The main focus of the Lewin group is to understand why HIV infection persists on antiretroviral therapy and to develop new strategies to eliminate latent HIV.
The Mantamadiotis group’s research aims to understand how the tumor microenvironment, including immune cells, contribute to oncogenesis and how to modulate the immune system to improve current brain cancer therapy.
The McCluskey group are an internationally leading laboratory in MAIT cell research, having made significant breakthrough discoveries in MAIT cell immunity.
The chemistry in every cell in all forms of life is dependent on metal ions. Research in the McDevitt group seeks to understand how bacterial pathogens acquire and use metal ions and how this shapes the host-pathogen interaction during infection.
The Mackenzie group investigates the intracellular replication of flaviviruses and noroviruses to understand how replication influences cellular functions and immune dysfunction.
The McVernon group uses established and emerging biostatistical, epidemiologic and modelling methods to address infectious diseases questions of public health relevance.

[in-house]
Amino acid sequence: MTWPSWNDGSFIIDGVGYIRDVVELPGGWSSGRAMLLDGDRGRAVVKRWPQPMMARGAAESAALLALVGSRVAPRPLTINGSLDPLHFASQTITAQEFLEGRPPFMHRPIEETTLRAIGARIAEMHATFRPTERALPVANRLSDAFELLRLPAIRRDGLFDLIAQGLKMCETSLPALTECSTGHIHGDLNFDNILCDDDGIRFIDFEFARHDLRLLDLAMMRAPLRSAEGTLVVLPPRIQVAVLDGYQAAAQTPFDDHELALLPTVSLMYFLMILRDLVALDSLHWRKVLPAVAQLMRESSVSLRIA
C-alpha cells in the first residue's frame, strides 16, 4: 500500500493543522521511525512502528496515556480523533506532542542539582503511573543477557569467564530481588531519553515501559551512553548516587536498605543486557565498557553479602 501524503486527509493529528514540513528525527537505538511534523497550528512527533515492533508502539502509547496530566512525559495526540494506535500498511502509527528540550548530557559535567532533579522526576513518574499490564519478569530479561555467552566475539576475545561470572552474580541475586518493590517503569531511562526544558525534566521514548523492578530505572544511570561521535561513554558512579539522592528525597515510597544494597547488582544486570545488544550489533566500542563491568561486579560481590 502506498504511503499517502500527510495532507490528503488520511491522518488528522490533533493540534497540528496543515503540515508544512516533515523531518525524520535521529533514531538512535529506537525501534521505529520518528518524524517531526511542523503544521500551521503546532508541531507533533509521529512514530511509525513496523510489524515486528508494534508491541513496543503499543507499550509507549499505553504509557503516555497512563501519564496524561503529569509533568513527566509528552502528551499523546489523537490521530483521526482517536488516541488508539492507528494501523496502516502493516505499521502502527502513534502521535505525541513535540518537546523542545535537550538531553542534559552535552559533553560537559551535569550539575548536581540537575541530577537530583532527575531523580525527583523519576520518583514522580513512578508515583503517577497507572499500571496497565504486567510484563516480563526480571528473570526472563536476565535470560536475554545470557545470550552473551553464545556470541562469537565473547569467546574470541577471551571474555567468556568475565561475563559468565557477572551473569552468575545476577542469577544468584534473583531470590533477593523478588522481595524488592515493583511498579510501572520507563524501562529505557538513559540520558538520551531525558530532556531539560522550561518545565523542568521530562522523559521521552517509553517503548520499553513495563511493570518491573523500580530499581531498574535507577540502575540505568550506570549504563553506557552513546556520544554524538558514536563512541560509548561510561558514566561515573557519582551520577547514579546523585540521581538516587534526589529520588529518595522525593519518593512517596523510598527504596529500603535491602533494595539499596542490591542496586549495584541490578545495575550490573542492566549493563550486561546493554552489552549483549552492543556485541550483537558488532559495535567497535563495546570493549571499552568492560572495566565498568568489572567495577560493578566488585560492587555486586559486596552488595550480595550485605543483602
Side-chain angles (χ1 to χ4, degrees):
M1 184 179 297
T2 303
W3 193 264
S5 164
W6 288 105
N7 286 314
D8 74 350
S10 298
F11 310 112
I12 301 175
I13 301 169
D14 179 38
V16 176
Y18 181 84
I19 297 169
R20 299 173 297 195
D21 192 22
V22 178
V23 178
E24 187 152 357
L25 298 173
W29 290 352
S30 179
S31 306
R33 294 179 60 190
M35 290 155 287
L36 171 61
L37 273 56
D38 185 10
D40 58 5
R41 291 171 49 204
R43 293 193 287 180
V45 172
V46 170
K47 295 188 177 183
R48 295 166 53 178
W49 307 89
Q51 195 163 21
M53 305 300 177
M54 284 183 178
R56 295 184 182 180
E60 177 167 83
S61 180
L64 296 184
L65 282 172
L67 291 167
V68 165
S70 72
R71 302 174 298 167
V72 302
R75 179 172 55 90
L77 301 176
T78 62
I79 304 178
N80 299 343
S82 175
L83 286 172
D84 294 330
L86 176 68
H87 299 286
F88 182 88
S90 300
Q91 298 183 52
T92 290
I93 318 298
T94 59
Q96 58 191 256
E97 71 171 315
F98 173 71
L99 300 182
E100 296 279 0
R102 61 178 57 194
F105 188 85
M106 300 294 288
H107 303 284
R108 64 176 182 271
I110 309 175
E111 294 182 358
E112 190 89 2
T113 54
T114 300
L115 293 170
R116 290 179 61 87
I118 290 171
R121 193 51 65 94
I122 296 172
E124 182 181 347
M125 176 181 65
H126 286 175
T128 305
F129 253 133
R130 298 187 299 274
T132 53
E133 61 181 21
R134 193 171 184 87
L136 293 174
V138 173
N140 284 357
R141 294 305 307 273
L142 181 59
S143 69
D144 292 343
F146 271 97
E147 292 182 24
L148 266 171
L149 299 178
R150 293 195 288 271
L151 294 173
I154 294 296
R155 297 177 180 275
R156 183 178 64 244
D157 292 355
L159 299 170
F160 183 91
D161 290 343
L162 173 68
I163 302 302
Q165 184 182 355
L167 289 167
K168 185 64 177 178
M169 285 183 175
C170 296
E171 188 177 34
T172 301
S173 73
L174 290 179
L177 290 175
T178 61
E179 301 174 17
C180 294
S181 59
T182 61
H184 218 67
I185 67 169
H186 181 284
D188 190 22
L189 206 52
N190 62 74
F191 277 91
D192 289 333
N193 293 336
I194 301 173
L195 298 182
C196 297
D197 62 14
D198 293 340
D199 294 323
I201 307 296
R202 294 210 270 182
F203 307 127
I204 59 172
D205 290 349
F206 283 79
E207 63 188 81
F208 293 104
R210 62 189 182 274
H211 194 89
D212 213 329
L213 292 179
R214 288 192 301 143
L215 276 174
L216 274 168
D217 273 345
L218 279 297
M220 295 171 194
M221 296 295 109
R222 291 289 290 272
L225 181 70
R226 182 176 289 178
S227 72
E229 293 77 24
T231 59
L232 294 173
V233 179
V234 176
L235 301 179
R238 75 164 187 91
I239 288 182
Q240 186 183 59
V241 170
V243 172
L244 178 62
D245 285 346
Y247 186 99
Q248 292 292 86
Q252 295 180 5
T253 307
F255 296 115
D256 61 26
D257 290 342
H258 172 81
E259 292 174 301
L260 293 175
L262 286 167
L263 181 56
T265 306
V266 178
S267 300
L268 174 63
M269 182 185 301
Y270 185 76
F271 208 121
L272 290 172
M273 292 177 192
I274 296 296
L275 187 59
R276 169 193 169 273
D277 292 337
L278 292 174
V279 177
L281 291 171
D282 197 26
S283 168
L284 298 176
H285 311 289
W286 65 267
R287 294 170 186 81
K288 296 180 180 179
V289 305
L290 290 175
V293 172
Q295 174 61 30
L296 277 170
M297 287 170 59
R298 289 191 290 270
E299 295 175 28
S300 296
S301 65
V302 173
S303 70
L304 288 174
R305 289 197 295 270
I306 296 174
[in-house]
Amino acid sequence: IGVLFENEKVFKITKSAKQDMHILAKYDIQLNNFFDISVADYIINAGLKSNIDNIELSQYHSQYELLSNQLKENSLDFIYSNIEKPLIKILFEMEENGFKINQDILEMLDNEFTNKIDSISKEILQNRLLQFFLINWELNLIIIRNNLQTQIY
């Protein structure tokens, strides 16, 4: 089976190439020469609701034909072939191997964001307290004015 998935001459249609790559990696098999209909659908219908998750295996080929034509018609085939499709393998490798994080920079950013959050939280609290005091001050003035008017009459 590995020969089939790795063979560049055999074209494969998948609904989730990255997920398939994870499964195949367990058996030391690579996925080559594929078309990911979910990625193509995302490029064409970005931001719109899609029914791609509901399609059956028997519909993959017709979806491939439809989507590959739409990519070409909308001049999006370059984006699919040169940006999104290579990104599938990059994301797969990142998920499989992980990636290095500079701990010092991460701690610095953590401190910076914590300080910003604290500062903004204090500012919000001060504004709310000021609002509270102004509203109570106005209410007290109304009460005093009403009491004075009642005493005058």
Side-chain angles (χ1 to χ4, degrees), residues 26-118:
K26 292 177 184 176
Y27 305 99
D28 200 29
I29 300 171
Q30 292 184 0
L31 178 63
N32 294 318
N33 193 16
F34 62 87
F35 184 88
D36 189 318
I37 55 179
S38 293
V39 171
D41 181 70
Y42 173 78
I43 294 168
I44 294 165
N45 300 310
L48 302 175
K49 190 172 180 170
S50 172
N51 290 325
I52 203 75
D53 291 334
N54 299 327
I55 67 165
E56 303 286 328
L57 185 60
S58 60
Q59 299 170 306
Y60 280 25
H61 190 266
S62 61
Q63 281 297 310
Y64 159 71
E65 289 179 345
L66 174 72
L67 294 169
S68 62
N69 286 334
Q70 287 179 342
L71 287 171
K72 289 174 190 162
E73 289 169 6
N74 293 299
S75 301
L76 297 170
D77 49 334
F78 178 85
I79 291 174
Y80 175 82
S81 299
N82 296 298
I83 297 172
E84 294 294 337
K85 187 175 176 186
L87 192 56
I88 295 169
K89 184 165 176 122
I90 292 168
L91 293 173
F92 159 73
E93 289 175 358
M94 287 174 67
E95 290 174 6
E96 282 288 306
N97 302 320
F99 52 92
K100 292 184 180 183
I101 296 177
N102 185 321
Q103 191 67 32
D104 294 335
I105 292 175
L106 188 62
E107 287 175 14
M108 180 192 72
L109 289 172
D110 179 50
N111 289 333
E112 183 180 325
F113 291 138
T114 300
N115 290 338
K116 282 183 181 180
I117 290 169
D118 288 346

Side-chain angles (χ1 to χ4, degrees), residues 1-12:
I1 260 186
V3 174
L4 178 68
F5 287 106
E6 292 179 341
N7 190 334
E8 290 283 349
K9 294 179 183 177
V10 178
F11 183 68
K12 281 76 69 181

Research in the Mueller group is focused on examining immune responses to acute and chronic viral infections and to tumours.
National Centre for Antimicrobial Stewardship
Research undertaken by NCAS aims to understand current antimicrobial prescribing behaviour in human and animal healthcare settings, and develop, implement and evaluate practical strategies to improve the way that antimicrobial drugs are used within Australia.
The Newton group uses a range of molecular and cell biology approaches to investigate the host-pathogen interactions that occur during infection with intracellular bacterial pathogens.
The Pidot group is a multi-disciplinary team that works across microbiology, genomics and biological chemistry to identify new antimicrobials and investigate their biosynthesis.
The Purcell group investigates the HIV-1 and HTLV-1 human retroviruses that cause AIDS, leukaemia and inflammatory pathogenesis respectively.
The Reading group have expertise in understanding viral attachment factors, cellular receptors and entry pathways, virus-induced activation of host genes and the mechanisms by which intracellular host proteins can block virus replication.